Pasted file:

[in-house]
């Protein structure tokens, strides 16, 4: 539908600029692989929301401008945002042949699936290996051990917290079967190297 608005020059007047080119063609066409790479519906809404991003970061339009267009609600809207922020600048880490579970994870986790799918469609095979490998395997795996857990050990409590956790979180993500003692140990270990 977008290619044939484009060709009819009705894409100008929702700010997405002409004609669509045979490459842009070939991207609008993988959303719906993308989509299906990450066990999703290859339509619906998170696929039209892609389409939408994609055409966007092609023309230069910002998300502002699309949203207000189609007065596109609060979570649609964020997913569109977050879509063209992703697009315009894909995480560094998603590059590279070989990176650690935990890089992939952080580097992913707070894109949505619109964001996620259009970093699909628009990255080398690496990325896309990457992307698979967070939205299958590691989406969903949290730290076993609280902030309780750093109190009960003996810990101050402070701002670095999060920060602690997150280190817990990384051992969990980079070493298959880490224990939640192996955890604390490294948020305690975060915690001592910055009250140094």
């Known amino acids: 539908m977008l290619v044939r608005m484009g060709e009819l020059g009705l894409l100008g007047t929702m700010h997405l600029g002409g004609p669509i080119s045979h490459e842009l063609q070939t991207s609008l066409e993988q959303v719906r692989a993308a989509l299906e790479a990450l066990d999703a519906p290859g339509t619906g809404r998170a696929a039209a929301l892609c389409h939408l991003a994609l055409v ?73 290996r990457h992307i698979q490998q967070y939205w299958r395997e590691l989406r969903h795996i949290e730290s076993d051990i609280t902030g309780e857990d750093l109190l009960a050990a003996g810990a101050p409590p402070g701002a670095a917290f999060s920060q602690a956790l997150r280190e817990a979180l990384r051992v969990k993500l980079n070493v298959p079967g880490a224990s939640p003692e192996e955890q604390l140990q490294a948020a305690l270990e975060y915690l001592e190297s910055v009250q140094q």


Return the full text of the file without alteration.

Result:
[in-house]
């Protein structure tokens, strides 16, 4: 539908600029692989929301401008945002042949699936290996051990917290079967190297 608005020059007047080119063609066409790479519906809404991003970061339009267009609600809207922020600048880490579970994870986790799918469609095979490998395997795996857990050990409590956790979180993500003692140990270990 977008290619044939484009060709009819009705894409100008929702700010997405002409004609669509045979490459842009070939991207609008993988959303719906993308989509299906990450066990999703290859339509619906998170696929039209892609389409939408994609055409966007092609023309230069910002998300502002699309949203207000189609007065596109609060979570649609964020997913569109977050879509063209992703697009315009894909995480560094998603590059590279070989990176650690935990890089992939952080580097992913707070894109949505619109964001996620259009970093699909628009990255080398690496990325896309990457992307698979967070939205299958590691989406969903949290730290076993609280902030309780750093109190009960003996810990101050402070701002670095999060920060602690997150280190817990990384051992969990980079070493298959880490224990939640192996955890604390490294948020305690975060915690001592910055009250140094």
């Known amino acids: 539908m977008l290619v044939r608005m484009g060709e009819l020059g009705l894409l100008g007047t929702m700010h997405l600029g002409g004609p669509i080119s045979h490459e842009l063609q070939t991207s609008l066409e993988q959303v719906r692989a993308a989509l299906e790479a990450l066990d999703a519906p290859g339509t619906g809404r998170a696929a039209a929301l892609c389409h939408l991003a994609l055409v ?73 290996r990457h992307i698979q490998q967070y939205w299958r395997e590691l989406r969903h795996i949290e730290s076993d051990i609280t902030g309780e857990d750093l109190l009960a050990a003996g810990a101050p409590p402070g701002a670095a917290f999060s920060q602690a956790l997150r280190e817990a979180l990384r051992v969990k993500l980079n070493v298959p079967g880490a224990s939640p003692e192996e955890q604390l140990q490294a948020a305690l270990e975060y915690l001592e190297s910055v009250q140094q």